Although employment opportunities for counter and rental clerks are found throughout all areas of the country, they are extremely more abundant and more concentrated in big cities and other metropolitan areas. This is due to the greater demand which exists in areas of high population. A large consumer demand leads to the founding of more renting and leasing services and personal services that are made available.
Counter and Rental Clerk Training and Job Qualifications
Positions for counter and rental clerks tend to be predominantly entry-level. They require very little or sometimes no experience and minimal formal education. Often, a high school diploma will do.
Most companies provide on the job training for their counter and rental clerks. They sometimes use videotapes, pamphlets, or brochures to teach their employees. However, the operation of equipment, as well as policies and procedures are learned through experience. Beginning experience is most often learned under the observation of a more experienced worker, although some employers offer formal classroom training programs. Classroom training may last anywhere from a few hours to a few weeks. Typically topics such as company policies and procedures, sales techniques, customer service, operation of equipment, and the overall scope of the industry are covered in classroom training programs. It is important for counter and rental clerks to also become accustomed to the way things are run at their particular business and to familiarize themselves with various products and services that are rented out or provided by their company. This will ensure the customers the best possible service.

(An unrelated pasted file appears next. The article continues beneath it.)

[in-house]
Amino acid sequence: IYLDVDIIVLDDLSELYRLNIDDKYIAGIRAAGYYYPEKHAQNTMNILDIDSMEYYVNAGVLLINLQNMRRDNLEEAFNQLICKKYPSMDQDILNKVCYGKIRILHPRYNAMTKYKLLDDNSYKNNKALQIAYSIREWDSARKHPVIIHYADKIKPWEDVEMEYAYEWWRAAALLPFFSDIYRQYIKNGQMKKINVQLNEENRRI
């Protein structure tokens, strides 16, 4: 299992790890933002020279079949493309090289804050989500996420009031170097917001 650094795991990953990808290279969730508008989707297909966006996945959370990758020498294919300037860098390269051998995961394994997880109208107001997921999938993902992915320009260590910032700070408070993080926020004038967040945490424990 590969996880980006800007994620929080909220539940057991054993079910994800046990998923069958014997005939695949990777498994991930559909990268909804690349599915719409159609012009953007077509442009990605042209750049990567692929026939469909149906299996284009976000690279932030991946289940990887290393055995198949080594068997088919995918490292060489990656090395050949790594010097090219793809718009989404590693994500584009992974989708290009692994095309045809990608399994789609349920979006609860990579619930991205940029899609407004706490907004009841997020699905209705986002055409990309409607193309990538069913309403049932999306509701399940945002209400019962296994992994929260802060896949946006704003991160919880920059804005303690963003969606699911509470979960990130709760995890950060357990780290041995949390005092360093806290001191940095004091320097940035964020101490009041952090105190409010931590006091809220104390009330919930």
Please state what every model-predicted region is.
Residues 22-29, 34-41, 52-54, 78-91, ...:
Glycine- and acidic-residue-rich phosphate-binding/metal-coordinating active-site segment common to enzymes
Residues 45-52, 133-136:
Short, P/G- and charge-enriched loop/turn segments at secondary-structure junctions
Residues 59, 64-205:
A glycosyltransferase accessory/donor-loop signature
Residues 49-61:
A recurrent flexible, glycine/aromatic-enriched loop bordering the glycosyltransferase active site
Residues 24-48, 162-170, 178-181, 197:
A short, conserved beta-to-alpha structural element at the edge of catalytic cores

It is imperative that counter and rental clerks enjoy working with people. They must be tactful and able to work with difficult and demanding customers. Counter and rental clerks should be good at multitasking; able to provide friendly service while at the same time keeping track of other duties and obligations. Also, it is essential that counter and rental clerks have good written and oral communication skills.
Often times, advancement in a company depends on both the type and size of the business. Frequently, in small companies counter and rental clerks find it more challenging to advance. On the other hand, in larger corporately structured institutions, these positions commonly have ample opportunities for growth and learning in areas associated with the companies products and business policies. As a result, promotion to areas of added responsibility are more common. For instance, it is not uncommon for counter and rental clerks to be advanced to positions such as assistant manager, salesperson, or event coordinator. Employees may work towards advancement in a field related to their position, or they may even choose to create their own company all together.
In some industries, such as those that repair equipment, counter and rental jobs may serve as a great substitute source of income for part-time or semi-retired workers. A good example of this may be seen in tool rental centers, where semi-retired mechanics can play a huge role in improving the quality of their business due to the experience and familiarity of tools that they bring with them.
Sales Clerk Job and Employment Opportunities
Given that businesses are seeking to better improve customer service, it is anticipated that employment for counter and rental clerks will increase faster than average through 2012. Furthermore, industries dealing with recreation such as amusement parks, as well as rental and leasing establishments are projected to grow extensively. Additionally, many new job opportunities will simply come about in order to replace current workers as they move into other occupations or depart the workforce altogether. As a result, opportunities for part-time workers should be abundant.